Thousands rally in Slovakia to demand accountability in journalist slaying
Slayings of Jan Kuciak and his fiancée Martina Kusnirova have put government on defensive
Slovakia has quickly turned from what seemed to be a stable European Union country into chaos, in the wake of the unprecedented slayings of an investigative journalist and his fiancée.
In a speech last month, President Andrej Kiska talked about his country as "successful, proud and self-confident." On March 4, however, he said Slovakia faces a "serious political crisis" triggered by the shooting deaths of Jan Kuciak and Martina Kusnirova. Police said the killing of Kuciak, a journalist, was likely linked to his work.
Amid heated exchanges between the ruling coalition and the opposition, conspiracy theories spread by Prime Minister Robert Fico and his repeated verbal attacks on Kiska, a growing number of people have started to turn against the Fico government, threatening its existence.
The protesters packed a central square in Bratislava and other rallies were taking place in dozens of other places in Slovakia as well as abroad, the biggest since the 1989 Velvet Revolution.
The organizers want foreign experts to join the team investigating the killings and the creation of "a new trustworthy government with no people who are suspected of corruption" or ties to organized crime.
That was followed by news that Slovak authorities had been informed by their Italian counterparts about a powerful Italian crime syndicate operating in Slovakia. Seven members of the group are suspects in the killings. They were detained last week and later released.
"Slovakia is shaken as it has not been for a long time," protest organizer Karolina Farska said.
The peaceful protesters had a message for Fico: "Resign," they repeatedly chanted.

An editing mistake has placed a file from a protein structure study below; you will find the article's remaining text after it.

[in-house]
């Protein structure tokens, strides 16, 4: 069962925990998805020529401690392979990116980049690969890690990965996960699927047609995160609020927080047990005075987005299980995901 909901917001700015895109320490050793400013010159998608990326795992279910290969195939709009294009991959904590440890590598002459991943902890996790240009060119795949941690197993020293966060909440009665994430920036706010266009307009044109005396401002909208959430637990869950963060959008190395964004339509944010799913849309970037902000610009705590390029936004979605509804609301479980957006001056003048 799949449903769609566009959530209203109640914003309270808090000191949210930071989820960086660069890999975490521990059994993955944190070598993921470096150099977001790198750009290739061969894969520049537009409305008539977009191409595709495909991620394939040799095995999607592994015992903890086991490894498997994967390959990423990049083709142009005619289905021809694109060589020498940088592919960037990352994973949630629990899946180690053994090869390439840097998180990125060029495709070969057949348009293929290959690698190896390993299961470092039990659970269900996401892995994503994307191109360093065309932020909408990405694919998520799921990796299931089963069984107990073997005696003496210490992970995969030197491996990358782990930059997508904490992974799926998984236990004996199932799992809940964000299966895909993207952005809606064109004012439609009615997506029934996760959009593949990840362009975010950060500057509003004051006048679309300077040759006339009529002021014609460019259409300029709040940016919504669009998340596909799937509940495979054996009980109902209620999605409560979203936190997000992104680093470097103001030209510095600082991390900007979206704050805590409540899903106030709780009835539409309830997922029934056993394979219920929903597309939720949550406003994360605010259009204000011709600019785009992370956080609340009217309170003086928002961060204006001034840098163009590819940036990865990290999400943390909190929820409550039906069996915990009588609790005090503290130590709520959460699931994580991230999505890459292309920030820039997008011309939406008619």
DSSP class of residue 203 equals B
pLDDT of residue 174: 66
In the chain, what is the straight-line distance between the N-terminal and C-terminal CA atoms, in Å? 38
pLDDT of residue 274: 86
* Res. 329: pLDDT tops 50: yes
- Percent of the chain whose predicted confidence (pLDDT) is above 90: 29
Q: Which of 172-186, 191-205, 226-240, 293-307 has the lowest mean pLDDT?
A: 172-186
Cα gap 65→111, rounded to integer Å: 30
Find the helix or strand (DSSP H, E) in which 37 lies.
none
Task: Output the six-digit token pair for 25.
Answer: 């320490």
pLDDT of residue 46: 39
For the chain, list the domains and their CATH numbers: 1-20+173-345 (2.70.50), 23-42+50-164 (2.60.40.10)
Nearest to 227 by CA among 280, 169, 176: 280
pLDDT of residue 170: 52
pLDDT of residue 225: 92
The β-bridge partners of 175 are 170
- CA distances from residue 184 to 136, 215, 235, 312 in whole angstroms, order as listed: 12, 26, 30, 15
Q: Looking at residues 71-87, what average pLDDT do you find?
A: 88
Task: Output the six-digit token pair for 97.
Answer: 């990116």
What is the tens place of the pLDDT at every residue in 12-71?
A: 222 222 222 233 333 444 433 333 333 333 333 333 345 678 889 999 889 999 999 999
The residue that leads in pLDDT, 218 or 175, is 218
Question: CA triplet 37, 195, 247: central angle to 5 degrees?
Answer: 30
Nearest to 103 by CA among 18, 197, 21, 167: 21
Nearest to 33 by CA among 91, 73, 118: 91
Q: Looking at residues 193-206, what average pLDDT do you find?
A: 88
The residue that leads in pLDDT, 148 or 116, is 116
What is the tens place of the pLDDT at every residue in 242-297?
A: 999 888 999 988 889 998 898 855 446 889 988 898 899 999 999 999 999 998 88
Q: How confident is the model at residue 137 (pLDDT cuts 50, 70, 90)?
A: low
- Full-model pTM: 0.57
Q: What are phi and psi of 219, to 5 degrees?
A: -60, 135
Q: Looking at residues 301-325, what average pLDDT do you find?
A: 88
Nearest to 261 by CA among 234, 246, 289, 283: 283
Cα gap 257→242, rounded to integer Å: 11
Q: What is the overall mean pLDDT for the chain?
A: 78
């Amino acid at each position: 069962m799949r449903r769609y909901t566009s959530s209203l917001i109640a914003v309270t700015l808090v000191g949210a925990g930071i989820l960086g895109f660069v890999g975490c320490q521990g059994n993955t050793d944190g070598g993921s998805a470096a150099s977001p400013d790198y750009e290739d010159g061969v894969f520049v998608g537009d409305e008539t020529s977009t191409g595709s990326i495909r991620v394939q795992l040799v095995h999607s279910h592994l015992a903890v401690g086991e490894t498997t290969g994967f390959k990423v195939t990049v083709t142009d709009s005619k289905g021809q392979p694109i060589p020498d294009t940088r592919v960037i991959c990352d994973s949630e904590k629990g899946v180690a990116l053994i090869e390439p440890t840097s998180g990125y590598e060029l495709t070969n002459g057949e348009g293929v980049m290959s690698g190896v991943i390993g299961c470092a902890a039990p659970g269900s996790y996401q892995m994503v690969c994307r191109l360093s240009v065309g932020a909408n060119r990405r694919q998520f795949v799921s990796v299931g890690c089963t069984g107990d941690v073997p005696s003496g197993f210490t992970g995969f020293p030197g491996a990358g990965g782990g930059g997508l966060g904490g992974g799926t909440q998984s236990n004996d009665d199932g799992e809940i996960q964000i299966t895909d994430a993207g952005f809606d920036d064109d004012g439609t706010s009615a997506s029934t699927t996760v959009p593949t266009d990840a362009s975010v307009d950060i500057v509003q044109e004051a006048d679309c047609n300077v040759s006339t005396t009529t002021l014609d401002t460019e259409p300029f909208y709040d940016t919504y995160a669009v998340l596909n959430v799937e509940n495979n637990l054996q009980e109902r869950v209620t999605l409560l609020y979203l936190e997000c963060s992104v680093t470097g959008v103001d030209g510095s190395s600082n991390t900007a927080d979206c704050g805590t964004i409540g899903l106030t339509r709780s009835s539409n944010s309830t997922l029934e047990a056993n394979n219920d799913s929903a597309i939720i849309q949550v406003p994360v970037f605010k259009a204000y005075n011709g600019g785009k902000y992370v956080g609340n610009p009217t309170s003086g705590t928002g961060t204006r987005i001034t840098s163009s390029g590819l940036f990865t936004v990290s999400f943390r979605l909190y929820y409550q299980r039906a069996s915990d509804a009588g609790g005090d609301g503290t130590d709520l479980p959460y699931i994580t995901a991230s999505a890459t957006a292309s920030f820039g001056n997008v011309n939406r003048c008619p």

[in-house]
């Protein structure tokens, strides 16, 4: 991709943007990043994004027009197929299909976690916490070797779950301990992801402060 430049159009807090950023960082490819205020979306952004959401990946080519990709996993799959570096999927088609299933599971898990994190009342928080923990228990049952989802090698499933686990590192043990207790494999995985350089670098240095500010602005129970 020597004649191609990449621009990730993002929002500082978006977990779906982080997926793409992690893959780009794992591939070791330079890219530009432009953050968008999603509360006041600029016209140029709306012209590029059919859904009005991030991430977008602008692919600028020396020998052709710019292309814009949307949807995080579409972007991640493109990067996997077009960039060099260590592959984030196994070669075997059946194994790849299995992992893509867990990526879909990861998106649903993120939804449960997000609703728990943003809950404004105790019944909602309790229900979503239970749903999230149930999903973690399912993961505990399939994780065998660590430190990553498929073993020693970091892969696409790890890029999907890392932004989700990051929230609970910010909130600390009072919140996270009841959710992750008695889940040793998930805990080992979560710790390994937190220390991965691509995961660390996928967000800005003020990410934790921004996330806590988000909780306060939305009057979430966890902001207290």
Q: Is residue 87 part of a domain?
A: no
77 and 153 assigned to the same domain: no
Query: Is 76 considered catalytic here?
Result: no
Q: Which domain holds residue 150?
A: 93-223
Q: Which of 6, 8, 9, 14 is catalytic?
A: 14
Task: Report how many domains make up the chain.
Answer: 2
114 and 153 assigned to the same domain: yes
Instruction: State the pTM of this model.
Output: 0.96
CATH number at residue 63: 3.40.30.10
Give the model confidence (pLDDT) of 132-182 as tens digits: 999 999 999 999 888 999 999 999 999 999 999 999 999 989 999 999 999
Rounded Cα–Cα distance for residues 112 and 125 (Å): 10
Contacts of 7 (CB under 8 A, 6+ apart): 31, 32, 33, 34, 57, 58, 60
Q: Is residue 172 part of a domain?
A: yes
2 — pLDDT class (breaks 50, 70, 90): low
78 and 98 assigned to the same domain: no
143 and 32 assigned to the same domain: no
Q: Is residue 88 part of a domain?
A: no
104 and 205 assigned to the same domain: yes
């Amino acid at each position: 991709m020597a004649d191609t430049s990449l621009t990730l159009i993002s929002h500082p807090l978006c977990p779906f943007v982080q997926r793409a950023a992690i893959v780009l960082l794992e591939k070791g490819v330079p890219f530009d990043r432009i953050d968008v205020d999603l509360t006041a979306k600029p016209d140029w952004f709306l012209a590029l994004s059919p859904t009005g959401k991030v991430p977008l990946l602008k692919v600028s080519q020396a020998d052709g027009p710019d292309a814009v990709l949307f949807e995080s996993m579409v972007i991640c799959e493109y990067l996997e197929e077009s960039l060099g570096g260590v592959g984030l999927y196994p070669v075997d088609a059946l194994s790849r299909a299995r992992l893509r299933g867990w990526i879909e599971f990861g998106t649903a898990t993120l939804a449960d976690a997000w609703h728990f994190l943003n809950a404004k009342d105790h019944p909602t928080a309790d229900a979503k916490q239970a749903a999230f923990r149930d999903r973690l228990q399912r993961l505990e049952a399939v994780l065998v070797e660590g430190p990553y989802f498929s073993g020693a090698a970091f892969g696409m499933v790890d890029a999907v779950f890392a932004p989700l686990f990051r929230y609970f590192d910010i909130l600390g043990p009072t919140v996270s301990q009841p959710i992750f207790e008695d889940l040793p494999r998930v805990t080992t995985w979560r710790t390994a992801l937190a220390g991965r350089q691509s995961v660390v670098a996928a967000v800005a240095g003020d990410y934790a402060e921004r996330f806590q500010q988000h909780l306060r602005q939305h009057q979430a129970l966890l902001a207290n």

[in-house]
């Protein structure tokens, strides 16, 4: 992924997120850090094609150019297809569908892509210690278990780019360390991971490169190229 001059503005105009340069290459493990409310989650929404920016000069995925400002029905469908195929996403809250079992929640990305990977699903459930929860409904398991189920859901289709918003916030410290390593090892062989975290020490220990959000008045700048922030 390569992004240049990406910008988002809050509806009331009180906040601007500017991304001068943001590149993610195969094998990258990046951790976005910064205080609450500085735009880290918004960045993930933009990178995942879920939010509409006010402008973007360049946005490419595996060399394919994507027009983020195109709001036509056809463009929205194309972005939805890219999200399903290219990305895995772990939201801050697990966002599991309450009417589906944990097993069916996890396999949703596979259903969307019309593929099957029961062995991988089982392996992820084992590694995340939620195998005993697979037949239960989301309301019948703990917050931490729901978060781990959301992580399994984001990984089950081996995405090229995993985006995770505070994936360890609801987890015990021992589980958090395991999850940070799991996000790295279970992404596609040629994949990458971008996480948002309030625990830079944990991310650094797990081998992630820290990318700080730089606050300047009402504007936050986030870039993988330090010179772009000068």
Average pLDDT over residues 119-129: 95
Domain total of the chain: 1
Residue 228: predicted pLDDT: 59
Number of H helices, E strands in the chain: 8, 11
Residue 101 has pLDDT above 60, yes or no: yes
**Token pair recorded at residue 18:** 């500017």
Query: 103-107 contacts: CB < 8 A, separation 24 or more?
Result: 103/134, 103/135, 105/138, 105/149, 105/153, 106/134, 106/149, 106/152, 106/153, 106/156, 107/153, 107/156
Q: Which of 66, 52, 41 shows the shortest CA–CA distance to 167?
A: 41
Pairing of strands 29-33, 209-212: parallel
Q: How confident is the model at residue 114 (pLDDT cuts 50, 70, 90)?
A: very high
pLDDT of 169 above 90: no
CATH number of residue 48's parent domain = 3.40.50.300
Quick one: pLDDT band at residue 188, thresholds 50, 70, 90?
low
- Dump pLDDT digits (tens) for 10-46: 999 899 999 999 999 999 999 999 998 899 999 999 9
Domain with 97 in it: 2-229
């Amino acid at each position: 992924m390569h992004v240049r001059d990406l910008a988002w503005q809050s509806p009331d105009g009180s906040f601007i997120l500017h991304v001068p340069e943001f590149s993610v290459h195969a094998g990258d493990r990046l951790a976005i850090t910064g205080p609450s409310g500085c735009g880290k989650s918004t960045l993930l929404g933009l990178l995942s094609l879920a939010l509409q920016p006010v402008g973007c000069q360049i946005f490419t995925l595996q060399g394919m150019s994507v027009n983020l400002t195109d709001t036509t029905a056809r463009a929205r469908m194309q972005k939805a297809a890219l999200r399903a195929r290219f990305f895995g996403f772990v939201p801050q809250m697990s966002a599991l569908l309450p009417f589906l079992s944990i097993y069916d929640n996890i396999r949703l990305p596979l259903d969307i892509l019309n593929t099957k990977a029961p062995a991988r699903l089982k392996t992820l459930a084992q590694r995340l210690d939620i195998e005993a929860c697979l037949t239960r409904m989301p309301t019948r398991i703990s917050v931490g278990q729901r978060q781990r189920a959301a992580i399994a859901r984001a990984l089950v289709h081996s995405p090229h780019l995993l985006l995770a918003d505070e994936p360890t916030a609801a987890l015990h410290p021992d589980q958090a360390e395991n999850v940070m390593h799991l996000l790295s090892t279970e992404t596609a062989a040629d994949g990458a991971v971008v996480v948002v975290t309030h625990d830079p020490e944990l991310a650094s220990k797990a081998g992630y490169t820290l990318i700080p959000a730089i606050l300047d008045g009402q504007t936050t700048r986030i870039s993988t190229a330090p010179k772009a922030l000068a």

When tens of thousands marched across the country and in cities around the world last week to honour Kuciak, many called on government ministers to resign.
"Many have realized that the situation is becoming critical," said Michal Vasecka, an analyst from the Bratislava Policy Institute think-tank .
Reflecting the popular mood and growing protests, Kiska called for substantial changes in the government or for an early election to resolve the crisis.
"There's a huge public distrust of the state," Kiska said. "And many don't trust law enforcement authorities .... This distrust is justified. We crossed the line, things went too far and there's no way back."
Fico fired back, accusing the president of destabilizing the country with help from Hungarian-American billionaire George Soros, with whom Kiska privately met in New York in September.
Soros dismissed Fico's suggestion he might have anything to do with the president's proposals and the anti-government protests.
"Mr. Soros played no role in president Kiska's recent speech nor in recent demonstrations in Slovakia," his spokesperson Michael Vachon said earlier this week.
Vasecka, the analyst, said Fico's conspiracy claims likely anger some people and contribute to their decision to join the protests because they hark back to the 1990s and the rule of authoritative Prime Minister Vladimir Meciar who led the country into international isolation. Meciar also targeted Soros.
"It reminds people of Meciar and also of communist rule. And a large part of society is very sensitive about it," Vasecka said.
U.S. Ambassador Adam Sterling said in a statement that "as Slovak society wrestles with the implications of this crime, we urge all parties to refrain from resorting to the use of conspiracy theories and disinformation."
A junior party in the ruling coalition has called for the resignation of Interior Minister Robert Kalinak as a condition to remain in the government. Thousands already demanded Kalinak's resignation last year after he was linked to earlier corruption scandals. The leadership of the coalition party known as Most-Hid will meet on Tuesday to decide on their role in the coalition.
Meanwhile, the opposition has requested a parliamentary no-confidence vote on the government, but a date has yet to be set.
Fico called the opposition request an "attempted coup."